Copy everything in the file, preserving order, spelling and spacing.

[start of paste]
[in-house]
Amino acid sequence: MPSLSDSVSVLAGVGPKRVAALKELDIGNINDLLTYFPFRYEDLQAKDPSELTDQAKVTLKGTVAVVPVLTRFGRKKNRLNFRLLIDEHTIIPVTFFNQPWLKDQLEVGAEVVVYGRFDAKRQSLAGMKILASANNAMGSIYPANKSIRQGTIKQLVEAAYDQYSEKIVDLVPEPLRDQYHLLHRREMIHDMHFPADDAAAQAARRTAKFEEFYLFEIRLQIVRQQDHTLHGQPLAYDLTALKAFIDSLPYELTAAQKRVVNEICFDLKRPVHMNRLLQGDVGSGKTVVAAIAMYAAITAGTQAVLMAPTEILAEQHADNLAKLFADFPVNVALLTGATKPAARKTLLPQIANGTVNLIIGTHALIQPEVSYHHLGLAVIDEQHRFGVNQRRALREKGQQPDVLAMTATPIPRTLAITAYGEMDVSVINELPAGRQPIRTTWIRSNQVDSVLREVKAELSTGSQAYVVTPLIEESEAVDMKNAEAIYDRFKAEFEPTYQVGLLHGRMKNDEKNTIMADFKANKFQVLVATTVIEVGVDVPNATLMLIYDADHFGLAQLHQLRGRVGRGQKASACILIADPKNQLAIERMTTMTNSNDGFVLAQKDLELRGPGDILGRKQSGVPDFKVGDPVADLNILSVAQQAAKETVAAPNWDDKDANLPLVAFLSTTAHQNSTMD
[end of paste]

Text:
[in-house]
Amino acid sequence: MPSLSDSVSVLAGVGPKRVAALKELDIGNINDLLTYFPFRYEDLQAKDPSELTDQAKVTLKGTVAVVPVLTRFGRKKNRLNFRLLIDEHTIIPVTFFNQPWLKDQLEVGAEVVVYGRFDAKRQSLAGMKILASANNAMGSIYPANKSIRQGTIKQLVEAAYDQYSEKIVDLVPEPLRDQYHLLHRREMIHDMHFPADDAAAQAARRTAKFEEFYLFEIRLQIVRQQDHTLHGQPLAYDLTALKAFIDSLPYELTAAQKRVVNEICFDLKRPVHMNRLLQGDVGSGKTVVAAIAMYAAITAGTQAVLMAPTEILAEQHADNLAKLFADFPVNVALLTGATKPAARKTLLPQIANGTVNLIIGTHALIQPEVSYHHLGLAVIDEQHRFGVNQRRALREKGQQPDVLAMTATPIPRTLAITAYGEMDVSVINELPAGRQPIRTTWIRSNQVDSVLREVKAELSTGSQAYVVTPLIEESEAVDMKNAEAIYDRFKAEFEPTYQVGLLHGRMKNDEKNTIMADFKANKFQVLVATTVIEVGVDVPNATLMLIYDADHFGLAQLHQLRGRVGRGQKASACILIADPKNQLAIERMTTMTNSNDGFVLAQKDLELRGPGDILGRKQSGVPDFKVGDPVADLNILSVAQQAAKETVAAPNWDDKDANLPLVAFLSTTAHQNSTMD